It is no mistake that our companies are called organizations. If a thousand or even forty employees had to decide each day when or where or if to work, performing disconnected tasks willy-nilly, employees and managers alike would feel like mama mallards trying to get the ducklings to line up.
Little would actually get accomplished. And if it did, probably no one would notice.
We organize to implement our ideas, to give shape to our endeavors, to align our industry with goals and to harmonize our interactions to accomplish more as a group than we could as separate individuals.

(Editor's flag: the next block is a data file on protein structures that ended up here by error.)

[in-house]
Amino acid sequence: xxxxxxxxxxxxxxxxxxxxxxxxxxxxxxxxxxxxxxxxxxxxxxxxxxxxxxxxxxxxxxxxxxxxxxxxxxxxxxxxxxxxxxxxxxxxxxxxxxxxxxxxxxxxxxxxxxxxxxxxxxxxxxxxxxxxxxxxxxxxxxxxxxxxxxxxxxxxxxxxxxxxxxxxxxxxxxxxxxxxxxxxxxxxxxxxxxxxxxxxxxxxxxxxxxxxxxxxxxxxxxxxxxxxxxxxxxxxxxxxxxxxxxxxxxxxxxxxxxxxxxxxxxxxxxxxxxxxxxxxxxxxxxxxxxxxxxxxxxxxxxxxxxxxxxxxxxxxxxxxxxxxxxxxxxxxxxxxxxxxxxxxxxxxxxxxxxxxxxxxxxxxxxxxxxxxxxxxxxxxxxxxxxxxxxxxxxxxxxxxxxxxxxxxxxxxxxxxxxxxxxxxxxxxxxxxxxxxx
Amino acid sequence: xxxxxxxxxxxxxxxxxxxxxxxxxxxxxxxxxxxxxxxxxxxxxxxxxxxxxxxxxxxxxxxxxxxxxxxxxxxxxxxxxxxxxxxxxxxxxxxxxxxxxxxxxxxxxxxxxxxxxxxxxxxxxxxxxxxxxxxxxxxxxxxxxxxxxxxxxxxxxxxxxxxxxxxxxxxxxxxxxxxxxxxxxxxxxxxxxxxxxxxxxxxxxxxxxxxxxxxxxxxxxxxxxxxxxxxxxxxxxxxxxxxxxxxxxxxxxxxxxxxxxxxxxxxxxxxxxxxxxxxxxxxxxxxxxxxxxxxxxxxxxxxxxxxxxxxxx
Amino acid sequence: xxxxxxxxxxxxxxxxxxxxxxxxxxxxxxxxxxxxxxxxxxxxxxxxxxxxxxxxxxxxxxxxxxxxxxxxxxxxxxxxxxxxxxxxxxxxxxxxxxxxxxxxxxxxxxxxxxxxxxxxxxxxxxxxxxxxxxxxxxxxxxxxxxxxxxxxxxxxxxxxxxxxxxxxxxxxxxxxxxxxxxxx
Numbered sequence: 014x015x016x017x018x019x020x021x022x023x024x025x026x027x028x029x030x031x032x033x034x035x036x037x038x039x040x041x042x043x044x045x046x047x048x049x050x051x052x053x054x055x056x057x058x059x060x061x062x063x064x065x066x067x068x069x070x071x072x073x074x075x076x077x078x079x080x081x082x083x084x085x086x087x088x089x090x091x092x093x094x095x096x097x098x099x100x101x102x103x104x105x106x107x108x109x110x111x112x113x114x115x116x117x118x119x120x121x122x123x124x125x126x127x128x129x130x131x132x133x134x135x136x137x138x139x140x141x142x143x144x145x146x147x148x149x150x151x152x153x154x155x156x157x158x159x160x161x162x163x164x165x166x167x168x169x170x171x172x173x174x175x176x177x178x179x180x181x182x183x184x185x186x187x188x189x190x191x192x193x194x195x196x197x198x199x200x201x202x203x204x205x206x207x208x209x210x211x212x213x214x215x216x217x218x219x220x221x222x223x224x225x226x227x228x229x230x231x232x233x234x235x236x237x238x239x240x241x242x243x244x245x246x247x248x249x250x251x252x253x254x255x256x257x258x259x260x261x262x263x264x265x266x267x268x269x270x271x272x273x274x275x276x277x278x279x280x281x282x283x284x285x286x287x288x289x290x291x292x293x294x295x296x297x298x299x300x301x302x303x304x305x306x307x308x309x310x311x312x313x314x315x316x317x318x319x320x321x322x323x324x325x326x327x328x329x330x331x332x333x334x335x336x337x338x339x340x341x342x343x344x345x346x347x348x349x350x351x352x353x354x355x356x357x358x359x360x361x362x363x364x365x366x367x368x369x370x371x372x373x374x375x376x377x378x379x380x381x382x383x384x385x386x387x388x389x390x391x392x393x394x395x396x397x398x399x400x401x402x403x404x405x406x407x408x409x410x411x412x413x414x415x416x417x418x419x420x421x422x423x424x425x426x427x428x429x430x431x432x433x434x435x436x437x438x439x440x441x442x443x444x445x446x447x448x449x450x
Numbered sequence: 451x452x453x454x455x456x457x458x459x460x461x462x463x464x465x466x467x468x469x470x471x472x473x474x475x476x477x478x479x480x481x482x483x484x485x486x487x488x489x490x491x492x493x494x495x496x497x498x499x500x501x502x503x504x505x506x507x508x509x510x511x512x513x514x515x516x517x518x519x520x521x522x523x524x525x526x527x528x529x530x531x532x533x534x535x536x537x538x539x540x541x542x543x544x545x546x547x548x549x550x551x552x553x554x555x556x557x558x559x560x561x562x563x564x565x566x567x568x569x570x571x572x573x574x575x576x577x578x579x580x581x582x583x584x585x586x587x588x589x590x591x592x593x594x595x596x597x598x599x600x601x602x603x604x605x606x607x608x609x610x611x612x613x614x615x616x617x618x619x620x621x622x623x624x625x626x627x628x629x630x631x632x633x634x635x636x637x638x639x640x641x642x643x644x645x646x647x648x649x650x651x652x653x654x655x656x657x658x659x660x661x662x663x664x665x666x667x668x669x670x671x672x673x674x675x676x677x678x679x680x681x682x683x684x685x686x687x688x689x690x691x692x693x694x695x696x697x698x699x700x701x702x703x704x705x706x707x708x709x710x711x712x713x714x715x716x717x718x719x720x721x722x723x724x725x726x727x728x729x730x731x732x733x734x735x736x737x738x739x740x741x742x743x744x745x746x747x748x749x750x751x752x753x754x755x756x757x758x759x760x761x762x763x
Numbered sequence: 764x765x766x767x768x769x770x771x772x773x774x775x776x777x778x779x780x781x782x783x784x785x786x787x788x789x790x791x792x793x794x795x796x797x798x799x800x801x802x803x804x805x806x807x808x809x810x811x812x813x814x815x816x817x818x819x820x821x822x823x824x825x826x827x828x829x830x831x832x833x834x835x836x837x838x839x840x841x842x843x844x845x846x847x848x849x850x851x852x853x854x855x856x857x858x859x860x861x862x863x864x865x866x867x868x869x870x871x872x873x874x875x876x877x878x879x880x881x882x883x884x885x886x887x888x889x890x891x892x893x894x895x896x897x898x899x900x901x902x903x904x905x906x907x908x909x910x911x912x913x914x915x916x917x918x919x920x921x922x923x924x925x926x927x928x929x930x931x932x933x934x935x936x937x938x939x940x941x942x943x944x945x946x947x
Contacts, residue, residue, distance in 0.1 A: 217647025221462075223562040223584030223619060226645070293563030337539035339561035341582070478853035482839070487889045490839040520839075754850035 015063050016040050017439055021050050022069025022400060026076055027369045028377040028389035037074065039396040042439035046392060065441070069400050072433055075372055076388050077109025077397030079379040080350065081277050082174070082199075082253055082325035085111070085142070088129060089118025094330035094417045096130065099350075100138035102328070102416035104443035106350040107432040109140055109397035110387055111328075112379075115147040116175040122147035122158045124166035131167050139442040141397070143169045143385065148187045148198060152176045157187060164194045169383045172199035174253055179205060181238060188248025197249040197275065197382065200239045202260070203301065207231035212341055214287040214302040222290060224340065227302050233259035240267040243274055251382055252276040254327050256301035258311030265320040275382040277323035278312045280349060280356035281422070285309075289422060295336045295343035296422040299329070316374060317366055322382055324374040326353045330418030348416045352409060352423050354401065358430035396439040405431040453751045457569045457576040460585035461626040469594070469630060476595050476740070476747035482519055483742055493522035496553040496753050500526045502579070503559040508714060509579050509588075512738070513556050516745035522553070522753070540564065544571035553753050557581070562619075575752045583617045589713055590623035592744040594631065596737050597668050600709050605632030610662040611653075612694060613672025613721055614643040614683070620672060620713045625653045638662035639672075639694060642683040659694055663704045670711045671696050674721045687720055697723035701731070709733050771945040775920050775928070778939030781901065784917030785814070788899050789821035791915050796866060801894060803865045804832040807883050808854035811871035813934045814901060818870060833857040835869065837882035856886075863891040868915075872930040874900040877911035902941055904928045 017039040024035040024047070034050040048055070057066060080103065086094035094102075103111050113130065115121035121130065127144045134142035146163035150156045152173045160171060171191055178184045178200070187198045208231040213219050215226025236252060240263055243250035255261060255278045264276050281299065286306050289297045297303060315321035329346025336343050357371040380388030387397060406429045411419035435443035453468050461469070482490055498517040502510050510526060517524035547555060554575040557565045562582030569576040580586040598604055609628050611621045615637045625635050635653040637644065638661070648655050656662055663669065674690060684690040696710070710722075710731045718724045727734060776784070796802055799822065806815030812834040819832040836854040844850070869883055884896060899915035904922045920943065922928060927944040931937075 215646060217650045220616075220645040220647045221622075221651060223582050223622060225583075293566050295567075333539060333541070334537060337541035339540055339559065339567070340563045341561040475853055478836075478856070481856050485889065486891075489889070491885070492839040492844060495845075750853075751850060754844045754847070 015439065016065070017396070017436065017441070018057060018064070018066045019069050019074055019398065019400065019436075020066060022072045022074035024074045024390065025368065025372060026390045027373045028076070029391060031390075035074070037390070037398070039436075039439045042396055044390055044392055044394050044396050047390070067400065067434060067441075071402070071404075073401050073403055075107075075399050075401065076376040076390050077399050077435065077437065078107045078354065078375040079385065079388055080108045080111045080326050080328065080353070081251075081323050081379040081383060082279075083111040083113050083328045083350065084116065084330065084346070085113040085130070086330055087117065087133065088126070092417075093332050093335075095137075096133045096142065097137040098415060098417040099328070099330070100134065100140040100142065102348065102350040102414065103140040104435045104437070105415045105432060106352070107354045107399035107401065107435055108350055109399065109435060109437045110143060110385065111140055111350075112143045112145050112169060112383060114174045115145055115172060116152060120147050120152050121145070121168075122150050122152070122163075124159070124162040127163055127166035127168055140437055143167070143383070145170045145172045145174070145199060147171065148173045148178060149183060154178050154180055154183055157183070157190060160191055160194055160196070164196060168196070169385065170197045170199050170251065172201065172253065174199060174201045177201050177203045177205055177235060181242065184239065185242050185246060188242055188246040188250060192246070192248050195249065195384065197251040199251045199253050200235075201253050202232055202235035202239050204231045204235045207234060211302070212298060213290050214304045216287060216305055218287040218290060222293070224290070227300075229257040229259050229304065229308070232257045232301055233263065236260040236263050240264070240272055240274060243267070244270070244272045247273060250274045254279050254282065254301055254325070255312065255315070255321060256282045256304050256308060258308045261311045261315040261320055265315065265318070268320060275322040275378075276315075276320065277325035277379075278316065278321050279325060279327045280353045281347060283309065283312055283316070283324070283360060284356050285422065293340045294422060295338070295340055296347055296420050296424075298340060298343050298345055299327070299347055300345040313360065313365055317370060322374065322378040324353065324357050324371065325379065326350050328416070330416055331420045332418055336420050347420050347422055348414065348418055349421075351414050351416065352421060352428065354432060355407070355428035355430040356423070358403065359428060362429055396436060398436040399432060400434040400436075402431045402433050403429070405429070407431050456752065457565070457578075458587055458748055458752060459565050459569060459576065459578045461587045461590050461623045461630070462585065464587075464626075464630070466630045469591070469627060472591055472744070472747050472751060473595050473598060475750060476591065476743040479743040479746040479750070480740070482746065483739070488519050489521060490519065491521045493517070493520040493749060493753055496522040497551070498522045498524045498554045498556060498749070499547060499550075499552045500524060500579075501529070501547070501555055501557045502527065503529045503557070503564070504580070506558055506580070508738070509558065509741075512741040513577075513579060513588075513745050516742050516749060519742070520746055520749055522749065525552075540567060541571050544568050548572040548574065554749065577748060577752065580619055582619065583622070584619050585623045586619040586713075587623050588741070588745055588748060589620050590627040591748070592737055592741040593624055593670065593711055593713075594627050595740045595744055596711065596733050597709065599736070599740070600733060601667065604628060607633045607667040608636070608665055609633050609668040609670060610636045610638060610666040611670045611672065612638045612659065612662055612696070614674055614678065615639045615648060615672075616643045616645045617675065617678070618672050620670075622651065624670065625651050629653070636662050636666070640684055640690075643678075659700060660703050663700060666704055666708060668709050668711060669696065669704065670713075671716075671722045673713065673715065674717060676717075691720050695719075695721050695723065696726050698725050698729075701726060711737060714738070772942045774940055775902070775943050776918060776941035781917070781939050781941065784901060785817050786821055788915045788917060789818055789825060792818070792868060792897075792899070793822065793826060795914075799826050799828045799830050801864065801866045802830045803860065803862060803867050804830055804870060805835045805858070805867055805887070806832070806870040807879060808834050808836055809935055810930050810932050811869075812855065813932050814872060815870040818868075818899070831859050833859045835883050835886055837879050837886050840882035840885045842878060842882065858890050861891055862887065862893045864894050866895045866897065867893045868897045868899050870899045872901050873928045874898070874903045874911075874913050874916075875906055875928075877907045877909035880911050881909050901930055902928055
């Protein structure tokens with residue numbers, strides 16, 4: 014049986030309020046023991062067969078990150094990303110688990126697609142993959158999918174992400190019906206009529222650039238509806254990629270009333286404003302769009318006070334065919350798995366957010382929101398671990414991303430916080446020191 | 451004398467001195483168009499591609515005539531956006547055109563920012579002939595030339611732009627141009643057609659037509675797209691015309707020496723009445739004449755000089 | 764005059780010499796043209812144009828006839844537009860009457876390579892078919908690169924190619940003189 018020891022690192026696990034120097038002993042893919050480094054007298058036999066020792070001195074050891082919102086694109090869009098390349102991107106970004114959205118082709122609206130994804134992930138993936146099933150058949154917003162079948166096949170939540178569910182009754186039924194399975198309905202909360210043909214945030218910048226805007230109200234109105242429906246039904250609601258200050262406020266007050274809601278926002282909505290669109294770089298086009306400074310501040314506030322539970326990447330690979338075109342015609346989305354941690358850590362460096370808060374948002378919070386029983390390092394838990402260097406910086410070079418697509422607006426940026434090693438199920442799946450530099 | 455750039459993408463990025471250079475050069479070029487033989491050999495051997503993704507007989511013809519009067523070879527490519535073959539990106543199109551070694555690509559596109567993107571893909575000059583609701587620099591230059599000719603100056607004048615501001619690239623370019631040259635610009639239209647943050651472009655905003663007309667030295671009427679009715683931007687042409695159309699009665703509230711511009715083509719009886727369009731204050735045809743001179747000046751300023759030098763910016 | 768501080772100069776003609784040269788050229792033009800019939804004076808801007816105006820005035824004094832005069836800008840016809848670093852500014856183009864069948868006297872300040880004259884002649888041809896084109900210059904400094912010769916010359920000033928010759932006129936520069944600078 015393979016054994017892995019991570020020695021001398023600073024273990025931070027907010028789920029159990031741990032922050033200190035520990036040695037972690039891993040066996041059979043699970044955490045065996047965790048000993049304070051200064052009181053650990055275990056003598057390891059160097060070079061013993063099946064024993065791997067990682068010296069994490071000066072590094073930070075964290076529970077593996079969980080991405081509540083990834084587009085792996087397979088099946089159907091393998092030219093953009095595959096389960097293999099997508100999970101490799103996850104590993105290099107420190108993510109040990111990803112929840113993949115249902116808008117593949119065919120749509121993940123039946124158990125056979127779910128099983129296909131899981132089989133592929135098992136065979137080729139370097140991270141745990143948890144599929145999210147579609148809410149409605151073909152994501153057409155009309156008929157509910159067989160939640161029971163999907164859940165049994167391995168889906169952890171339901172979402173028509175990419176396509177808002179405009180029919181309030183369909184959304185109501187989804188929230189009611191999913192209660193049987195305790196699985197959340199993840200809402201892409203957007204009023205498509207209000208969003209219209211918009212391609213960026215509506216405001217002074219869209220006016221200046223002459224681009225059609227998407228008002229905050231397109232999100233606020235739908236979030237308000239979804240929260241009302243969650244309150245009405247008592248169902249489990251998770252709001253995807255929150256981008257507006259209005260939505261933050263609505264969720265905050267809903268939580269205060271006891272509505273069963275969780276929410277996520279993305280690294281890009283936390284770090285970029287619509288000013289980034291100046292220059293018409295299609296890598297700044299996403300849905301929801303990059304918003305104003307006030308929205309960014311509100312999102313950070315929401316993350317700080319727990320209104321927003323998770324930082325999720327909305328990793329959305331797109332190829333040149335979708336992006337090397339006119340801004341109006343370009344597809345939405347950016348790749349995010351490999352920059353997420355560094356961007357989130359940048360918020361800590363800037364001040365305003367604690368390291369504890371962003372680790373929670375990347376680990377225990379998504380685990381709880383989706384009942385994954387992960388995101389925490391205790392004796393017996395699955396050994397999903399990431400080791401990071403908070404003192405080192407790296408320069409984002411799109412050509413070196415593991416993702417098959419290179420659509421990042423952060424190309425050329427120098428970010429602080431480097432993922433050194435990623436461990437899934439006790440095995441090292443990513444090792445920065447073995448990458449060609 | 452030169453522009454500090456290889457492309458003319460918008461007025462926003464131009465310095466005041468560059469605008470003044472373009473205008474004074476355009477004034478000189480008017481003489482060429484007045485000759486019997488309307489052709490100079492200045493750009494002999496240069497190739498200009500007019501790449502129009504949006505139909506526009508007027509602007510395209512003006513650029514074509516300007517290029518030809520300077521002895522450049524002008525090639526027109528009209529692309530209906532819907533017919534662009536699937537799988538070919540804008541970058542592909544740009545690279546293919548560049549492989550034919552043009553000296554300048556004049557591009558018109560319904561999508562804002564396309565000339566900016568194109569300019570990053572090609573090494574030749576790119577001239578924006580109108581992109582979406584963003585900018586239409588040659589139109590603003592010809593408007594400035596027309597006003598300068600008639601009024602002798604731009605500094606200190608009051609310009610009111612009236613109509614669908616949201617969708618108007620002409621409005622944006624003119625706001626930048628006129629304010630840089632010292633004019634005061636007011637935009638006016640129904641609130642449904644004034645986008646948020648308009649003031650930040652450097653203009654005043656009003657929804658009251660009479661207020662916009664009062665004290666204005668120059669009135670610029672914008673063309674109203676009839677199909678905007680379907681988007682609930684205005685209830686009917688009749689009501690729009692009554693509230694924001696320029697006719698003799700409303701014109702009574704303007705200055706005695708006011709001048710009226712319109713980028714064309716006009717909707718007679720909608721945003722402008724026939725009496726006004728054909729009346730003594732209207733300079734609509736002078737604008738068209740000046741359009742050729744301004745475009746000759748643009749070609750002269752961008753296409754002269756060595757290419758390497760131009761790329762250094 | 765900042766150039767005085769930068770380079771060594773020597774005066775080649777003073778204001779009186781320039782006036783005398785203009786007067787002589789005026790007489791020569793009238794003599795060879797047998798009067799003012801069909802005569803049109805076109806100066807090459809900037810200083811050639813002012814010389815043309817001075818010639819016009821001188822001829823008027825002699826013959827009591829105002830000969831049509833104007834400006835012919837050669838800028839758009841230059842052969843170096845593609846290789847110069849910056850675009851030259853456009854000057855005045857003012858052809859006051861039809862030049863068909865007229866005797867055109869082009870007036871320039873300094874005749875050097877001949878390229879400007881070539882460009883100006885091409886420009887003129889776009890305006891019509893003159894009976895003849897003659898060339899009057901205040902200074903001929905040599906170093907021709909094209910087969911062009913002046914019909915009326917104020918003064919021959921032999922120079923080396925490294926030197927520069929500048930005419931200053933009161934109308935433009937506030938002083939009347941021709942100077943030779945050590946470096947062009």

The Danger of Form for Its Own Sake
Too much focus on form can sidetrack us from our original purpose. Once we identify the components of an idea or project or company, it is tempting to spend more time maintaining the form than creating the content it was designed to support.
A friend of mind who coaches entrepreneurs says they understand this principle. They need just enough structure to implement their ideas. And they often sell a company as soon as it becomes successful because it is the nature of growing organizations to become complex and cumbersome.
The necessary addition of more staff and facilities can lead to the implementation of bureaucratic policies and procedures that stifle innovation. Especially if leaders fail to understand that organization originates to support process, not the other way around.
Learn more about Doing Great Work in Any Occupation